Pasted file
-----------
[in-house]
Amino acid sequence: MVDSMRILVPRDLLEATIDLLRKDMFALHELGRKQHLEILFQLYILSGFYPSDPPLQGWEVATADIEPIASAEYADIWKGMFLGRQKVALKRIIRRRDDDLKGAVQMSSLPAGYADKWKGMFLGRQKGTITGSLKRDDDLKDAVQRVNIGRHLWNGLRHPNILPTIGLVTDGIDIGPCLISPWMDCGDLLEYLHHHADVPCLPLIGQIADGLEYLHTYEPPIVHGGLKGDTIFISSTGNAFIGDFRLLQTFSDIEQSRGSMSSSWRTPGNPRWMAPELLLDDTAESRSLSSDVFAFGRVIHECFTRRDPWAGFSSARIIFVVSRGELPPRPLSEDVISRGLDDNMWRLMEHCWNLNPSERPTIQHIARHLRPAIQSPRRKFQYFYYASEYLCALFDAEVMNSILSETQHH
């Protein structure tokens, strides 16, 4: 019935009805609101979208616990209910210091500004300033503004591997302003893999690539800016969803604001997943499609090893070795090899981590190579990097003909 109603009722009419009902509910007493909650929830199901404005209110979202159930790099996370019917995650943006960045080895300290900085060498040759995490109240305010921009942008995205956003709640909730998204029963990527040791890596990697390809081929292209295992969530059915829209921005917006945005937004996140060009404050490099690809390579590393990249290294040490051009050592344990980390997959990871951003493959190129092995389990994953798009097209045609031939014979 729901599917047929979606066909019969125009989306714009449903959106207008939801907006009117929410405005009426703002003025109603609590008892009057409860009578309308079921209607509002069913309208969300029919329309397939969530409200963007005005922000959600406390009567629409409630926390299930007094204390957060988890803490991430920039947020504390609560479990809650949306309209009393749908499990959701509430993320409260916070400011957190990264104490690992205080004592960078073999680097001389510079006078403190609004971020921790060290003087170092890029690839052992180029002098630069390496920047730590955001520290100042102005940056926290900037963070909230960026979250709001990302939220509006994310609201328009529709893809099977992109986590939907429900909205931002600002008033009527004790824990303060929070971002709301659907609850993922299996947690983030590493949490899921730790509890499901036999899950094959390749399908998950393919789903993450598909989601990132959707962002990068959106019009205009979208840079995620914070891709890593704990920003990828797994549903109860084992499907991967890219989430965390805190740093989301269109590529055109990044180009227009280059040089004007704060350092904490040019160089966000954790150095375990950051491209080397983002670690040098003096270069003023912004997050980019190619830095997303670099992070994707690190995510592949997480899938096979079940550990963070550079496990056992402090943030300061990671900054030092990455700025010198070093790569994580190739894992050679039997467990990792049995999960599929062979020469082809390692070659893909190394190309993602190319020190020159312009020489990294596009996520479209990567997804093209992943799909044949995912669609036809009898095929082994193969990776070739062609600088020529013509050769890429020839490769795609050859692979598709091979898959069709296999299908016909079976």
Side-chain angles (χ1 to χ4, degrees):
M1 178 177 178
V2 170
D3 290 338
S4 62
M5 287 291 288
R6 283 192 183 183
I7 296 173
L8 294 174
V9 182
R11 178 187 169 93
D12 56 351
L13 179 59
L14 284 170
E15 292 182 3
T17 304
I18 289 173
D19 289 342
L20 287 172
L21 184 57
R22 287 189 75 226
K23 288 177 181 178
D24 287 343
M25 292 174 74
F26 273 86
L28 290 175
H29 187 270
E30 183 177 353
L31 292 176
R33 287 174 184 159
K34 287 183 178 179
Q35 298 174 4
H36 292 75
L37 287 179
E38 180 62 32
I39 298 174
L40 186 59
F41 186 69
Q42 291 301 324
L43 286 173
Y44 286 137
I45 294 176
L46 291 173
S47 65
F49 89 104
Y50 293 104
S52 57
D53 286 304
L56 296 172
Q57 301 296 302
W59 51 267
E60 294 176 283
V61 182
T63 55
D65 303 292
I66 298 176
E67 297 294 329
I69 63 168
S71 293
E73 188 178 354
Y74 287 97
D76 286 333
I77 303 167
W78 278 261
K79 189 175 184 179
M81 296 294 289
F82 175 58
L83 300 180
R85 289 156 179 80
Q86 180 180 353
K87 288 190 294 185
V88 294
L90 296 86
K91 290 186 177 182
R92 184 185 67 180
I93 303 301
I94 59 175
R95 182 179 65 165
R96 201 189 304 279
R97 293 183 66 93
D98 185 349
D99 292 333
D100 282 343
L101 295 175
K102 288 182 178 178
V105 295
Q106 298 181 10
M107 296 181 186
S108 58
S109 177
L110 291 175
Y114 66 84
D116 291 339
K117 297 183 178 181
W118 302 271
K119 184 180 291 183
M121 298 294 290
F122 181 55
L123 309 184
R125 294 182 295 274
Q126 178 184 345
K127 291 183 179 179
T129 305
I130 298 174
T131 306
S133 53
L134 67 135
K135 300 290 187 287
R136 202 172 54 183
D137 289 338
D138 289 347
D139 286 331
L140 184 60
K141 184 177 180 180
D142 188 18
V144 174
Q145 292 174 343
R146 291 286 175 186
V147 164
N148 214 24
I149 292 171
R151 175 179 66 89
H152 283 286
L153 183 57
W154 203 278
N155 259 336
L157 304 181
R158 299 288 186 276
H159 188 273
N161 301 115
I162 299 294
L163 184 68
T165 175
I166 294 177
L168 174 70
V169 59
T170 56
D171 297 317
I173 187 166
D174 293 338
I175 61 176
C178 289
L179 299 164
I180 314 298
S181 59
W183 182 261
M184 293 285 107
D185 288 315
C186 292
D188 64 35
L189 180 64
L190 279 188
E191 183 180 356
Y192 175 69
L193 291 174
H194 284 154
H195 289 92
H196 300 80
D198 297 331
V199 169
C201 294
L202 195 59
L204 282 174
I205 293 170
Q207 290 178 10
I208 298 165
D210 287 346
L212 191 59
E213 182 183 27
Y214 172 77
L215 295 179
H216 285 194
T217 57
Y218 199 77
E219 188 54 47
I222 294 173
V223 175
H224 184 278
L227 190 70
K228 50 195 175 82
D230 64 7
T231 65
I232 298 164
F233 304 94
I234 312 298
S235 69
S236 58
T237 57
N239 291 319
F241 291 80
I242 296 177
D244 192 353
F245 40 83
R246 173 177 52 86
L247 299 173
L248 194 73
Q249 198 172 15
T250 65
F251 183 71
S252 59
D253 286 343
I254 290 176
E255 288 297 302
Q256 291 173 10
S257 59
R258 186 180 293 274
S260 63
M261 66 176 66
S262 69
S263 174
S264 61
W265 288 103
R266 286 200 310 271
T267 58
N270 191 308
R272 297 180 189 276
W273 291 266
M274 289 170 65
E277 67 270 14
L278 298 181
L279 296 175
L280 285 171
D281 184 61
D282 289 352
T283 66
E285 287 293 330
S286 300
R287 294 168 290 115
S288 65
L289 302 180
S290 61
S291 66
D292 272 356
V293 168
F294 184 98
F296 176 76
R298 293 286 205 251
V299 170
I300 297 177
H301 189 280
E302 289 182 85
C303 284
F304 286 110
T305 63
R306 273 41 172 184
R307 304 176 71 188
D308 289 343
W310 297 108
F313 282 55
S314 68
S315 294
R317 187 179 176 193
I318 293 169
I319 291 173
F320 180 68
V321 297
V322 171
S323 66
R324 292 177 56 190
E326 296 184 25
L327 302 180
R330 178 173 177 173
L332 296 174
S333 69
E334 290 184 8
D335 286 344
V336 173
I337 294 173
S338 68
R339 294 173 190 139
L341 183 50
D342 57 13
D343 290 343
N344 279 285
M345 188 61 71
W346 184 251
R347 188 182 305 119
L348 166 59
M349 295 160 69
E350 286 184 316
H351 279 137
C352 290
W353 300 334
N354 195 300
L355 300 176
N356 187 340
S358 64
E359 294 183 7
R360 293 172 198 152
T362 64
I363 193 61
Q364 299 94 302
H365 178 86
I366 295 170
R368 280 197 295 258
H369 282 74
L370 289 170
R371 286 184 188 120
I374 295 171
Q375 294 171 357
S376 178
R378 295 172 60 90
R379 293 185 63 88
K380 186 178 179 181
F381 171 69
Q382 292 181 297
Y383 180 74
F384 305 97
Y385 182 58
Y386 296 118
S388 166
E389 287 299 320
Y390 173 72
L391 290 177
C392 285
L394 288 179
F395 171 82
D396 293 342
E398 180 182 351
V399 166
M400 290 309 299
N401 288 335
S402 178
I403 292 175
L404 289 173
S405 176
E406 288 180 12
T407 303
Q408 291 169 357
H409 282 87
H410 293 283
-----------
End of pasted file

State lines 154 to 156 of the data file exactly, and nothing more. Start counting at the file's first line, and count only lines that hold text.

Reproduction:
L189 180 64
L190 279 188
E191 183 180 356